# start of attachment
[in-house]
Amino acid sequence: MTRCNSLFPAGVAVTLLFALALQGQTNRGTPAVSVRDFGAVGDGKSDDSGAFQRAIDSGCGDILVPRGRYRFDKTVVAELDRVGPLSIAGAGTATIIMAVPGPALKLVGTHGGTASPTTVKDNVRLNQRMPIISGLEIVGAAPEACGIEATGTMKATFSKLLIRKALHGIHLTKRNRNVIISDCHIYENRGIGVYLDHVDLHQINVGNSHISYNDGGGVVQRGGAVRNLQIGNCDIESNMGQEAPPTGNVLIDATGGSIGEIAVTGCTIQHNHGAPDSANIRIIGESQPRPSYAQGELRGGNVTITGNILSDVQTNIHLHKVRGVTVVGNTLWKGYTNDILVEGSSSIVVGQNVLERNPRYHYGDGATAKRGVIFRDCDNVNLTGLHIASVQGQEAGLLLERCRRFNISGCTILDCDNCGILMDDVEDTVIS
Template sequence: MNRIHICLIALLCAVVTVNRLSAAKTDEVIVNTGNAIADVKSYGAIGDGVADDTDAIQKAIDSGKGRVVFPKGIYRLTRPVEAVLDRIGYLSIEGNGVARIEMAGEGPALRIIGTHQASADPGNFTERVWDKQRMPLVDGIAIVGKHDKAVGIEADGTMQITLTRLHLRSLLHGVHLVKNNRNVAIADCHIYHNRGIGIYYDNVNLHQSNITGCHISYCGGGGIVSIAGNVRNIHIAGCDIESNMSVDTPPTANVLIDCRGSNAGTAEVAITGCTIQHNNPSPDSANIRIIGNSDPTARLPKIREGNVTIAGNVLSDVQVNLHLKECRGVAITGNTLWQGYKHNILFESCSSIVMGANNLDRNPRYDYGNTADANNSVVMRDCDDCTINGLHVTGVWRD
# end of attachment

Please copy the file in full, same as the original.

[in-house]
Amino acid sequence: MTRCNSLFPAGVAVTLLFALALQGQTNRGTPAVSVRDFGAVGDGKSDDSGAFQRAIDSGCGDILVPRGRYRFDKTVVAELDRVGPLSIAGAGTATIIMAVPGPALKLVGTHGGTASPTTVKDNVRLNQRMPIISGLEIVGAAPEACGIEATGTMKATFSKLLIRKALHGIHLTKRNRNVIISDCHIYENRGIGVYLDHVDLHQINVGNSHISYNDGGGVVQRGGAVRNLQIGNCDIESNMGQEAPPTGNVLIDATGGSIGEIAVTGCTIQHNHGAPDSANIRIIGESQPRPSYAQGELRGGNVTITGNILSDVQTNIHLHKVRGVTVVGNTLWKGYTNDILVEGSSSIVVGQNVLERNPRYHYGDGATAKRGVIFRDCDNVNLTGLHIASVQGQEAGLLLERCRRFNISGCTILDCDNCGILMDDVEDTVIS
Template sequence: MNRIHICLIALLCAVVTVNRLSAAKTDEVIVNTGNAIADVKSYGAIGDGVADDTDAIQKAIDSGKGRVVFPKGIYRLTRPVEAVLDRIGYLSIEGNGVARIEMAGEGPALRIIGTHQASADPGNFTERVWDKQRMPLVDGIAIVGKHDKAVGIEADGTMQITLTRLHLRSLLHGVHLVKNNRNVAIADCHIYHNRGIGIYYDNVNLHQSNITGCHISYCGGGGIVSIAGNVRNIHIAGCDIESNMSVDTPPTANVLIDCRGSNAGTAEVAITGCTIQHNNPSPDSANIRIIGNSDPTARLPKIREGNVTIAGNVLSDVQVNLHLKECRGVAITGNTLWQGYKHNILFESCSSIVMGANNLDRNPRYDYGNTADANNSVVMRDCDDCTINGLHVTGVWRD